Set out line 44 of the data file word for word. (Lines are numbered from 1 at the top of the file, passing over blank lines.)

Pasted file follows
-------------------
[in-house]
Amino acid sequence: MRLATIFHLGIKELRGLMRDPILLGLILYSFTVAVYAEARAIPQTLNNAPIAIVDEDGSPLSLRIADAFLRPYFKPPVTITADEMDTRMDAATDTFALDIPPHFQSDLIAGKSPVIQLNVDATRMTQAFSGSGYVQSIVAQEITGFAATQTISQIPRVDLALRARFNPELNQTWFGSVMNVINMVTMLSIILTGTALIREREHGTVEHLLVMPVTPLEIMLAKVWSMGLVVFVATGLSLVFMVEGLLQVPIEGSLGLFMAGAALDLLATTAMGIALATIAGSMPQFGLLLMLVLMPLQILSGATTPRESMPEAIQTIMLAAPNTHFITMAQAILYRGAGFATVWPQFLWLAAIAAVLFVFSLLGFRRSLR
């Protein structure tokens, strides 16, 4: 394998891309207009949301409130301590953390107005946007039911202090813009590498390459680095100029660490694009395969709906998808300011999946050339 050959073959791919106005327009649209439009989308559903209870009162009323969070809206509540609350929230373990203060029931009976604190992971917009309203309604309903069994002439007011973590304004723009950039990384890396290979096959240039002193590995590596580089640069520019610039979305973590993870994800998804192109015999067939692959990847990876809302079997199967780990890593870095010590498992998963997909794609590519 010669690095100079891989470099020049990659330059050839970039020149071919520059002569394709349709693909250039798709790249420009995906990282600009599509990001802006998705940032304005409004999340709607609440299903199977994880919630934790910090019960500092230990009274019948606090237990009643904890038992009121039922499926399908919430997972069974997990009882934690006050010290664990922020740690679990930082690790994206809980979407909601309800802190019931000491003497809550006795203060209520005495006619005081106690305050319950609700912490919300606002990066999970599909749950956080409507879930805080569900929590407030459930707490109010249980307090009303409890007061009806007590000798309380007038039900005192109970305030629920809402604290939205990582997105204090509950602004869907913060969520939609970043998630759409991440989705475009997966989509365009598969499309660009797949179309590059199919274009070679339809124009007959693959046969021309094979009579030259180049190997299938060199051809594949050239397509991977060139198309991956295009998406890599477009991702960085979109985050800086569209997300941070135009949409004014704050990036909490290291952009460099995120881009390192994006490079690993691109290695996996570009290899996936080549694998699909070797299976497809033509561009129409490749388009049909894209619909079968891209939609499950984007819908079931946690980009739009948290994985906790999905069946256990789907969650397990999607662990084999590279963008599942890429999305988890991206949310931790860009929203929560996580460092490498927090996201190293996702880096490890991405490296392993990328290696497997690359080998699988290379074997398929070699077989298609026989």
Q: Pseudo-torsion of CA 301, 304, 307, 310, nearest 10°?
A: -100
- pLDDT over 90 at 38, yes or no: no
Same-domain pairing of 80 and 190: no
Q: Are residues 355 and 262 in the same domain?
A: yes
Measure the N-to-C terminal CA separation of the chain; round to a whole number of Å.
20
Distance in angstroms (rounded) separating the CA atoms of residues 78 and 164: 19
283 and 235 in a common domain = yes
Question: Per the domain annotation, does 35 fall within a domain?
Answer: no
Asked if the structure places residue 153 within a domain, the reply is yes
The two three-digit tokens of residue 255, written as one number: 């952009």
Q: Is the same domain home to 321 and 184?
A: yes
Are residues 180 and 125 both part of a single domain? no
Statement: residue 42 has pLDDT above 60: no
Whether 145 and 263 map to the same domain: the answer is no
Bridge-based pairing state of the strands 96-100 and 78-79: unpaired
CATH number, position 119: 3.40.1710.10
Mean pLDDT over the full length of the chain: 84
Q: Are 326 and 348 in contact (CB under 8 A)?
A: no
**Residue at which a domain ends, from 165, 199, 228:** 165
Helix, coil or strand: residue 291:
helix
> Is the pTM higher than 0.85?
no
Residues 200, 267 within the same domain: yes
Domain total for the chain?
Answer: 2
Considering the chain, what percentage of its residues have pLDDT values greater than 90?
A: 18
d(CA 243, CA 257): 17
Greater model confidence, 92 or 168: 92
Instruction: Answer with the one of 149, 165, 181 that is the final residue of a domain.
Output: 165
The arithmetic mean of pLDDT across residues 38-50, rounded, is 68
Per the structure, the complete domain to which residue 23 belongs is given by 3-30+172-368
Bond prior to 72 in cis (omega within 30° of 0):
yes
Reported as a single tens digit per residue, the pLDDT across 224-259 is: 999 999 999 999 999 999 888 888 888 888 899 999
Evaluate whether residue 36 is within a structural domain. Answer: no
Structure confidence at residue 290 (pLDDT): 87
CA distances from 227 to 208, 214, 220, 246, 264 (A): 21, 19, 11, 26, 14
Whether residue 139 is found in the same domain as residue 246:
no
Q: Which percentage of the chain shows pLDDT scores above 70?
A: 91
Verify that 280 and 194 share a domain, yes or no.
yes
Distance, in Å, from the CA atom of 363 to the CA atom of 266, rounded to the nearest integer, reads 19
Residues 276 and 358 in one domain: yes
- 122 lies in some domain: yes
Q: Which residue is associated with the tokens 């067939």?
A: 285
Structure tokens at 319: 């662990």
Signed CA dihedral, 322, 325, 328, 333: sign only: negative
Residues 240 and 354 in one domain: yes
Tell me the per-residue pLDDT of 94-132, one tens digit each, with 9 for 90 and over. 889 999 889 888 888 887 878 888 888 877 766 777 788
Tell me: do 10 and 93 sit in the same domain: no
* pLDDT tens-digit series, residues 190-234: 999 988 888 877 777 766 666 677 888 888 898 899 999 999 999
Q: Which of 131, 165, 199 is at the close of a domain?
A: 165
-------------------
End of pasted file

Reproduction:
Bond prior to 72 in cis (omega within 30° of 0):